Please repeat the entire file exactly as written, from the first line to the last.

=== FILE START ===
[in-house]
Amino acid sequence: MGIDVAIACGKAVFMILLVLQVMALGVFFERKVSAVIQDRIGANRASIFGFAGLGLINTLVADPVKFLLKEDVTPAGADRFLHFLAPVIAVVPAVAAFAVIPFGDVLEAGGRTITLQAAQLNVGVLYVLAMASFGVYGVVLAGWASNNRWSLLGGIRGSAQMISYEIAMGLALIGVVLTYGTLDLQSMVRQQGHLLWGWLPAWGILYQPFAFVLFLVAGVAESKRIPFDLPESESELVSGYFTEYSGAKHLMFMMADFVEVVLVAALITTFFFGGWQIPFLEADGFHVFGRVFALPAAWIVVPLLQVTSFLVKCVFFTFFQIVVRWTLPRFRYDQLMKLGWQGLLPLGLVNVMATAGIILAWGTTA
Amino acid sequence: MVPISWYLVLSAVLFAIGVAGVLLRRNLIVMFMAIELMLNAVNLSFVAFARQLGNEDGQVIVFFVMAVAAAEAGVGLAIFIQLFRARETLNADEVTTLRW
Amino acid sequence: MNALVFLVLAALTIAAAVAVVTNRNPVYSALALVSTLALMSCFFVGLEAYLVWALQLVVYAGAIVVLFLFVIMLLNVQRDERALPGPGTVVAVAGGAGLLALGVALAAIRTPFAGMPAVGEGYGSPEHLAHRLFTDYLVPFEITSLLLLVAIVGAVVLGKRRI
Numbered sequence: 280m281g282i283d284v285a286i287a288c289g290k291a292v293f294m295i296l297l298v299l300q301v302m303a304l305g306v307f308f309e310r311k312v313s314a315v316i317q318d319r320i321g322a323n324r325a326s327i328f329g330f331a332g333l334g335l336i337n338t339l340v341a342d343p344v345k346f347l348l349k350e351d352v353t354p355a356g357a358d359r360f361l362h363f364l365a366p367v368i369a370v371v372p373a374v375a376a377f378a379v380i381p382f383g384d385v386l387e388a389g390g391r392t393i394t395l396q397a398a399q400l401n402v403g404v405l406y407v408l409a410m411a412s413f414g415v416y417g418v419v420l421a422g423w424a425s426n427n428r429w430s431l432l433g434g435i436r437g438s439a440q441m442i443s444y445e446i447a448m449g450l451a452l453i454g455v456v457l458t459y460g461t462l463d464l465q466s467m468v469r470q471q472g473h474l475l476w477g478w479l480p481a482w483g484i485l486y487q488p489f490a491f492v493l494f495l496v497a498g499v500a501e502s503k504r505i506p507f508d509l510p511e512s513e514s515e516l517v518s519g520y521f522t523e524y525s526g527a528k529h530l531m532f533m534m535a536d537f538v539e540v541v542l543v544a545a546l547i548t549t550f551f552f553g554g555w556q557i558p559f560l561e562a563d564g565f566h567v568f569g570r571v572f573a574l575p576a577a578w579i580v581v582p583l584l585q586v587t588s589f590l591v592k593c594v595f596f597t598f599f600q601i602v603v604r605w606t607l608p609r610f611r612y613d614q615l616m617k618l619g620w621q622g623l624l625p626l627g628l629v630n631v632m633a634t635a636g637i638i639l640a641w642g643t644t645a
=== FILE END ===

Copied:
[in-house]
Amino acid sequence: MGIDVAIACGKAVFMILLVLQVMALGVFFERKVSAVIQDRIGANRASIFGFAGLGLINTLVADPVKFLLKEDVTPAGADRFLHFLAPVIAVVPAVAAFAVIPFGDVLEAGGRTITLQAAQLNVGVLYVLAMASFGVYGVVLAGWASNNRWSLLGGIRGSAQMISYEIAMGLALIGVVLTYGTLDLQSMVRQQGHLLWGWLPAWGILYQPFAFVLFLVAGVAESKRIPFDLPESESELVSGYFTEYSGAKHLMFMMADFVEVVLVAALITTFFFGGWQIPFLEADGFHVFGRVFALPAAWIVVPLLQVTSFLVKCVFFTFFQIVVRWTLPRFRYDQLMKLGWQGLLPLGLVNVMATAGIILAWGTTA
Amino acid sequence: MVPISWYLVLSAVLFAIGVAGVLLRRNLIVMFMAIELMLNAVNLSFVAFARQLGNEDGQVIVFFVMAVAAAEAGVGLAIFIQLFRARETLNADEVTTLRW
Amino acid sequence: MNALVFLVLAALTIAAAVAVVTNRNPVYSALALVSTLALMSCFFVGLEAYLVWALQLVVYAGAIVVLFLFVIMLLNVQRDERALPGPGTVVAVAGGAGLLALGVALAAIRTPFAGMPAVGEGYGSPEHLAHRLFTDYLVPFEITSLLLLVAIVGAVVLGKRRI
Numbered sequence: 280m281g282i283d284v285a286i287a288c289g290k291a292v293f294m295i296l297l298v299l300q301v302m303a304l305g306v307f308f309e310r311k312v313s314a315v316i317q318d319r320i321g322a323n324r325a326s327i328f329g330f331a332g333l334g335l336i337n338t339l340v341a342d343p344v345k346f347l348l349k350e351d352v353t354p355a356g357a358d359r360f361l362h363f364l365a366p367v368i369a370v371v372p373a374v375a376a377f378a379v380i381p382f383g384d385v386l387e388a389g390g391r392t393i394t395l396q397a398a399q400l401n402v403g404v405l406y407v408l409a410m411a412s413f414g415v416y417g418v419v420l421a422g423w424a425s426n427n428r429w430s431l432l433g434g435i436r437g438s439a440q441m442i443s444y445e446i447a448m449g450l451a452l453i454g455v456v457l458t459y460g461t462l463d464l465q466s467m468v469r470q471q472g473h474l475l476w477g478w479l480p481a482w483g484i485l486y487q488p489f490a491f492v493l494f495l496v497a498g499v500a501e502s503k504r505i506p507f508d509l510p511e512s513e514s515e516l517v518s519g520y521f522t523e524y525s526g527a528k529h530l531m532f533m534m535a536d537f538v539e540v541v542l543v544a545a546l547i548t549t550f551f552f553g554g555w556q557i558p559f560l561e562a563d564g565f566h567v568f569g570r571v572f573a574l575p576a577a578w579i580v581v582p583l584l585q586v587t588s589f590l591v592k593c594v595f596f597t598f599f600q601i602v603v604r605w606t607l608p609r610f611r612y613d614q615l616m617k618l619g620w621q622g623l624l625p626l627g628l629v630n631v632m633a634t635a636g637i638i639l640a641w642g643t644t645a